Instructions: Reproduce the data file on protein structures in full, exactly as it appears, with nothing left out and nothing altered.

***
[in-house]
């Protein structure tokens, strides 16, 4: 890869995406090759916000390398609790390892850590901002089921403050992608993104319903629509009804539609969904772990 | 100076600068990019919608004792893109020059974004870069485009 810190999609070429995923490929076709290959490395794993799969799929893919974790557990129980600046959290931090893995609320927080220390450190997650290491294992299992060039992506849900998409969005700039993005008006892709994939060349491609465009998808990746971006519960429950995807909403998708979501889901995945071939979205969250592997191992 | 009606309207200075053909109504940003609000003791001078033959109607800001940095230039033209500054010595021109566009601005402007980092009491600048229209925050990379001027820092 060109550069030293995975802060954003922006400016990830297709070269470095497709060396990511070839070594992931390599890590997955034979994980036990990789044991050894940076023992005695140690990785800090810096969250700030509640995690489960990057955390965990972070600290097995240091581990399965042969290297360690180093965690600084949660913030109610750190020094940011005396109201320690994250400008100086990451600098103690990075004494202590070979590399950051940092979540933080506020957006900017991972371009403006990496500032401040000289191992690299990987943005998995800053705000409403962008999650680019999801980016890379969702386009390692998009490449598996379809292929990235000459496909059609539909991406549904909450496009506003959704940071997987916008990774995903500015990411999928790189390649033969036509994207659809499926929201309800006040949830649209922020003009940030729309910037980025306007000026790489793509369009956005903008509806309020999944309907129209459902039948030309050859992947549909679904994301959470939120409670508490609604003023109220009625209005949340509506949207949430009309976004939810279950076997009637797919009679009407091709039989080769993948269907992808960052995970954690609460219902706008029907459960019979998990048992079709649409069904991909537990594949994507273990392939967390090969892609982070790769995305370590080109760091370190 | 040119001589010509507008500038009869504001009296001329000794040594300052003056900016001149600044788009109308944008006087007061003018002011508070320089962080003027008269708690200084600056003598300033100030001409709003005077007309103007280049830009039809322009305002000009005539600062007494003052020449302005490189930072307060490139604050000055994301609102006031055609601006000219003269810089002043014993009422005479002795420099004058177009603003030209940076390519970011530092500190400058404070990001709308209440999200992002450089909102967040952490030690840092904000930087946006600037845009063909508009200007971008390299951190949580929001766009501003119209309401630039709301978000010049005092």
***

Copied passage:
[in-house]
């Protein structure tokens, strides 16, 4: 890869995406090759916000390398609790390892850590901002089921403050992608993104319903629509009804539609969904772990 | 100076600068990019919608004792893109020059974004870069485009 810190999609070429995923490929076709290959490395794993799969799929893919974790557990129980600046959290931090893995609320927080220390450190997650290491294992299992060039992506849900998409969005700039993005008006892709994939060349491609465009998808990746971006519960429950995807909403998708979501889901995945071939979205969250592997191992 | 009606309207200075053909109504940003609000003791001078033959109607800001940095230039033209500054010595021109566009601005402007980092009491600048229209925050990379001027820092 060109550069030293995975802060954003922006400016990830297709070269470095497709060396990511070839070594992931390599890590997955034979994980036990990789044991050894940076023992005695140690990785800090810096969250700030509640995690489960990057955390965990972070600290097995240091581990399965042969290297360690180093965690600084949660913030109610750190020094940011005396109201320690994250400008100086990451600098103690990075004494202590070979590399950051940092979540933080506020957006900017991972371009403006990496500032401040000289191992690299990987943005998995800053705000409403962008999650680019999801980016890379969702386009390692998009490449598996379809292929990235000459496909059609539909991406549904909450496009506003959704940071997987916008990774995903500015990411999928790189390649033969036509994207659809499926929201309800006040949830649209922020003009940030729309910037980025306007000026790489793509369009956005903008509806309020999944309907129209459902039948030309050859992947549909679904994301959470939120409670508490609604003023109220009625209005949340509506949207949430009309976004939810279950076997009637797919009679009407091709039989080769993948269907992808960052995970954690609460219902706008029907459960019979998990048992079709649409069904991909537990594949994507273990392939967390090969892609982070790769995305370590080109760091370190 | 040119001589010509507008500038009869504001009296001329000794040594300052003056900016001149600044788009109308944008006087007061003018002011508070320089962080003027008269708690200084600056003598300033100030001409709003005077007309103007280049830009039809322009305002000009005539600062007494003052020449302005490189930072307060490139604050000055994301609102006031055609601006000219003269810089002043014993009422005479002795420099004058177009603003030209940076390519970011530092500190400058404070990001709308209440999200992002450089909102967040952490030690840092904000930087946006600037845009063909508009200007971008390299951190949580929001766009501003119209309401630039709301978000010049005092």